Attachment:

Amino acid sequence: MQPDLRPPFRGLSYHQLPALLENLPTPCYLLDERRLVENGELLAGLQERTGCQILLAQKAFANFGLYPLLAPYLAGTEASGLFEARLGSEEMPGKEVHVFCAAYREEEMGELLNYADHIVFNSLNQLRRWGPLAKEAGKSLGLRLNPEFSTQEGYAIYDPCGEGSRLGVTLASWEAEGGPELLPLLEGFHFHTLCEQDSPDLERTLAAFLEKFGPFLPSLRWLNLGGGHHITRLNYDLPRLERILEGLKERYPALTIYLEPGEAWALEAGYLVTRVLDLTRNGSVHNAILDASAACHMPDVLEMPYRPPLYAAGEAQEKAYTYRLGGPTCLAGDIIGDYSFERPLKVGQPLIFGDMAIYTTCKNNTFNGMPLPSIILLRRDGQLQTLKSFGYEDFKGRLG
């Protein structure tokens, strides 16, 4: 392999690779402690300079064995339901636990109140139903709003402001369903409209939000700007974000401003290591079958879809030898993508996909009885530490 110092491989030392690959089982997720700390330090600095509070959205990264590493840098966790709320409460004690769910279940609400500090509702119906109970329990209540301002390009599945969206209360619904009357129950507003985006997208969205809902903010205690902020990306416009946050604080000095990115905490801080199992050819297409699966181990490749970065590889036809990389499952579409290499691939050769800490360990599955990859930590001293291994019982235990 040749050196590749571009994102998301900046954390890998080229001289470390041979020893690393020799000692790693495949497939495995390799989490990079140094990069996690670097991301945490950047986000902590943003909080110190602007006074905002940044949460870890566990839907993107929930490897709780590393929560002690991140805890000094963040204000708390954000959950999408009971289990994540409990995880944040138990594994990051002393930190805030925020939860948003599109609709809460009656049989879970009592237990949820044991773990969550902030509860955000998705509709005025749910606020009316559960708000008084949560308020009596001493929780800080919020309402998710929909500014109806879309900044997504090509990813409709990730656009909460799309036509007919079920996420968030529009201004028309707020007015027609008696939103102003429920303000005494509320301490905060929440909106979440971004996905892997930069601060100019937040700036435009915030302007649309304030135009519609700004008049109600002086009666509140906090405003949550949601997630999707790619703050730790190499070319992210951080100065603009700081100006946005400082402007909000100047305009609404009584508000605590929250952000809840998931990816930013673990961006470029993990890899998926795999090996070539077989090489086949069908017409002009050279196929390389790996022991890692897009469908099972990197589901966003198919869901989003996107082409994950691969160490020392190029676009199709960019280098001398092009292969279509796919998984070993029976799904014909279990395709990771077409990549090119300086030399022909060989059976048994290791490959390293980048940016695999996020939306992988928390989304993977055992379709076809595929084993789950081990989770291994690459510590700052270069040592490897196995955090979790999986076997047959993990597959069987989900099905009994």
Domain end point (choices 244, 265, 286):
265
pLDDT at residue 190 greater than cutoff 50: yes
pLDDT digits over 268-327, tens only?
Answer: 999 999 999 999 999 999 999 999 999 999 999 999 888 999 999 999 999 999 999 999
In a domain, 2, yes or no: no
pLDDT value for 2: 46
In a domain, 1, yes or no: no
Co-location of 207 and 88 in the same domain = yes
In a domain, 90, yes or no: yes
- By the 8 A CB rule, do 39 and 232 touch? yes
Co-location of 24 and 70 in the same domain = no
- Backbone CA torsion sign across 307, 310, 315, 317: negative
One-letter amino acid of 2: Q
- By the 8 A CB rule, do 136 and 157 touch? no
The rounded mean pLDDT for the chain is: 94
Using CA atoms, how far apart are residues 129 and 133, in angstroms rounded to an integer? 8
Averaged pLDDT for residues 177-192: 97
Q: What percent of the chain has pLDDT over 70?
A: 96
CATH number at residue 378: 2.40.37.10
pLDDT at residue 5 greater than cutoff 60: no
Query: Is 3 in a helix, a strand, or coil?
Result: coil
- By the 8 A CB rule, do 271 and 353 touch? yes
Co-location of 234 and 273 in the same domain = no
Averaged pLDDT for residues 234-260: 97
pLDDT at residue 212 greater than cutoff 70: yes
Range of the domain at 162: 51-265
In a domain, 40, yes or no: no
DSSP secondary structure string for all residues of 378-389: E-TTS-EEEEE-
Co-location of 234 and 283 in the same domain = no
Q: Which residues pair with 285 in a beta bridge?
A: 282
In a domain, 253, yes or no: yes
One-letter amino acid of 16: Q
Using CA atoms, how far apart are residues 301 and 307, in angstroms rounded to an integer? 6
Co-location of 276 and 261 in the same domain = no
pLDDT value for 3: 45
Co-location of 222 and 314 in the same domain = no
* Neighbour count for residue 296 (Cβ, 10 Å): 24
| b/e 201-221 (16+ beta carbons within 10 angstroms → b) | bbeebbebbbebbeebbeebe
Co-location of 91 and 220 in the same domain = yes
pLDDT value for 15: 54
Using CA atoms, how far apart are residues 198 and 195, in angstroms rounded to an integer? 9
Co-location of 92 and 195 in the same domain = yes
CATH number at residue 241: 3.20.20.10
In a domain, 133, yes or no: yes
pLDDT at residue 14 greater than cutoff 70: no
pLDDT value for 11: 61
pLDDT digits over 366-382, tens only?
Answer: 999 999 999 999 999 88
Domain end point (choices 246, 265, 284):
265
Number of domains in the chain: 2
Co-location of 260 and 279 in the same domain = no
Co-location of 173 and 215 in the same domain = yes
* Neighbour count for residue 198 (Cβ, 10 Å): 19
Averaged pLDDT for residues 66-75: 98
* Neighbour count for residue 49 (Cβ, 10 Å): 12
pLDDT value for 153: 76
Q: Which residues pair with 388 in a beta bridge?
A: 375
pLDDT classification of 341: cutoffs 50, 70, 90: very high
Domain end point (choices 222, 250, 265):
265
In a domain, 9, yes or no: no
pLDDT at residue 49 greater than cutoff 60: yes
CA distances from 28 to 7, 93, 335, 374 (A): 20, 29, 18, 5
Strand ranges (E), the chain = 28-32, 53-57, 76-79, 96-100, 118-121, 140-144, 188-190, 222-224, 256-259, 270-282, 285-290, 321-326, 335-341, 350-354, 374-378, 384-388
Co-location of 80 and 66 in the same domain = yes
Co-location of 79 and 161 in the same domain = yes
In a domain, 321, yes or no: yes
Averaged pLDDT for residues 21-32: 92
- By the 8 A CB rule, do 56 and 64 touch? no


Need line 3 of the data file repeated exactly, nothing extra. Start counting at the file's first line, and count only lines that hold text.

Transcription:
Domain end point (choices 244, 265, 286):